How To Sell More Books: Write More Books

Prolific writers sell more books! Here’s how you can too.

Agatha Christie

Agatha Christie’s bestseller status is no mystery: she wrote lots and lots of books  (Photo credit: Wikipedia)

Listening to an inspiring talk in my local public library by M C Beaton, crime writer and Regency romance novelist (an unusual combination!), I was vividly reminded that any writer increases his or her chance of becoming a bestselling author –  and just as importantly, a regular seller – simply by writing more books.

We can all name writers who have secured literary immortality with a single, shining bright novel, such as Harper Lee’s To Kill A Mockingbird, never out of print since it was published in 1960. But it’s far easier to name bestselling authors who have written many books.

Who are the most prolific authors of all time?

In this list of the all-time best-selling fiction writers, the number of books each had written leaps off the page:

  1. Agatha Christie – 85
  2. Barbara Cartland – 723
  3. Danielle Steele – 120
  4. Harold Robbins – 23
  5. Georges Simenon – 570
  6. Sidney Sheldon – 21
  7. Enid Blyton – 800
  8. Dr Seuss – 44
  9. Gilbert Patten – 209
  10. J K Rowling – 9

With just 9 books to her name, J K Rowling, who we tend to think of as being an all-time, record-breaking phenomenon, has actually sold only (ha!) 350 million books, a small fraction of the more productive Agatha Christie’s total sales of (wait for it) 2 billion.

Profilic author M C Beaton giving a library talk

Thriller writer M C Beaton tells a group of fans how to sell more books

Of course, quantity alone is not enough. There must be quality, to entice the reader to keep coming back for more. But your work doesn’t need to be all in the same genre.  If you plan to straddle different genres, it’s a good idea to write under different pseudonyms so as not to confuse or mislead the reader. A writer’s name is effectively a brand, and the reader has certain expectations of that brand, which need to be met. Somebody picking up an M C Beaton, for example, expects a thriller, and not the 100+ historical romances which this highly prolific author has published under her real name of Marion Chesney and various pen-names (Helen Crampton, Ann Fairfax, Jennie Tremaine, and Charlotte Ward).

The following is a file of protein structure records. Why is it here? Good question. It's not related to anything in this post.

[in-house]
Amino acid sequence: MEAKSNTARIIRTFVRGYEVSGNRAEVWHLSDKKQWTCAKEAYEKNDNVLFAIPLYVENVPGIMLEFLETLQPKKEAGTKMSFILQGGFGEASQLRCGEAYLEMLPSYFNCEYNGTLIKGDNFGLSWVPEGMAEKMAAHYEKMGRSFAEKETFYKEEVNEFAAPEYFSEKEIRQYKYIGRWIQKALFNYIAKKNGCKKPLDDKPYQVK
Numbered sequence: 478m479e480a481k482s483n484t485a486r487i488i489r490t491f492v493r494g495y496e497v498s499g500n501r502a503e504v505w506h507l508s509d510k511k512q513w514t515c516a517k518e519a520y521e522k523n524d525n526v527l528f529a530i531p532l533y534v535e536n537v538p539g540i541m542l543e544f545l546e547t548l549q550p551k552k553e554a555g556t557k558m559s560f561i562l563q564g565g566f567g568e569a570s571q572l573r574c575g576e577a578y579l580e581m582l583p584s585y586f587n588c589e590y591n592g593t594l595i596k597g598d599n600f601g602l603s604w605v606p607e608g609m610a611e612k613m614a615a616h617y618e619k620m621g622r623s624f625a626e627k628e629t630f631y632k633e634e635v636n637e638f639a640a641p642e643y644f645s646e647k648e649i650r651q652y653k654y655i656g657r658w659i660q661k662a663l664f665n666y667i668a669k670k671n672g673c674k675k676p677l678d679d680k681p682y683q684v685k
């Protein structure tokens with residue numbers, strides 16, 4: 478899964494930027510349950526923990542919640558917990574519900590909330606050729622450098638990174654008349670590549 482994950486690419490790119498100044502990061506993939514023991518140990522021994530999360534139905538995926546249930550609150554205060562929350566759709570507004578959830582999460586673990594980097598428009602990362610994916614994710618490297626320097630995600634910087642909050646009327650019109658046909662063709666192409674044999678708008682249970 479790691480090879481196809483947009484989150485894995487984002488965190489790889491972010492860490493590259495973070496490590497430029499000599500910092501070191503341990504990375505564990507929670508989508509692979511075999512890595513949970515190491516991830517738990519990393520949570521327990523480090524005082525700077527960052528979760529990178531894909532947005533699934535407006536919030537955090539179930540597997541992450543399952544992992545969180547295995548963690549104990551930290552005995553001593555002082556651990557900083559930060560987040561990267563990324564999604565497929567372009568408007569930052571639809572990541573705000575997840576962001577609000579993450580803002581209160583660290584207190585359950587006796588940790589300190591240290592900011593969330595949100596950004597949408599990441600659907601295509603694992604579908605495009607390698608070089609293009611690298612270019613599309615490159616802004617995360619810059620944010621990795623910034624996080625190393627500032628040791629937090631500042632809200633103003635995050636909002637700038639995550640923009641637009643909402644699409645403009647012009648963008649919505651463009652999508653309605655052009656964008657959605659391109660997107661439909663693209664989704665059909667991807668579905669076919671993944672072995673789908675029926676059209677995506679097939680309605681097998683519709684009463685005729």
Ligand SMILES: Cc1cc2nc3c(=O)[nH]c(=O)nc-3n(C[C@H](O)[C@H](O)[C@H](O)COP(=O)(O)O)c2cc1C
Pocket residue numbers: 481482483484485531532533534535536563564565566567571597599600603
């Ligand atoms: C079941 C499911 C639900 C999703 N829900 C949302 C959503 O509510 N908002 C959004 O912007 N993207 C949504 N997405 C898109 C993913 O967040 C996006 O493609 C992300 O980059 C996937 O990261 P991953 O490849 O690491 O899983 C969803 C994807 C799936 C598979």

M C Beaton: A Role Model for Would-Be Prolific Writers

Now in her 70s, M C Beaton still produces at least two thrillers a year, one in each of her most popular series about her unconventional detectives, Agatha Raisin and Hamish Macbeth. Her many fans (of which I am one, as you’ve probably guessed by now!) snap them up the minute they’re published, because they know they will enjoy them. They don’t care what the title is, they’ll simply buy it because they are confident in the brand. “Oh, good, it’s a new Agatha!” or  “I’m so looking forward to the next Hamish!” comes the cry. Many readers, once they find an author they like, will work their way through that writer’s entire works. I’m sure you have your own favourite authors that you treat this way.

An avid reader herself, M C Beaton gave a vivid example of the power of an author’s brand.

“I bought ‘Fifty Shades of Gray’ by mistake at an airport,” she admitted, “because I wasn’t wearing my glasses. I thought, ‘Oh, here’s a P D James I haven’t read!'”

A writer who follows up a successful novel with regular new books of similar quality will gain more sales.  Of course, these books still won’t sell themselves: they will require active and effective promotion. But any book that follows in the wake of a successful predecessor will have a greater chance of success.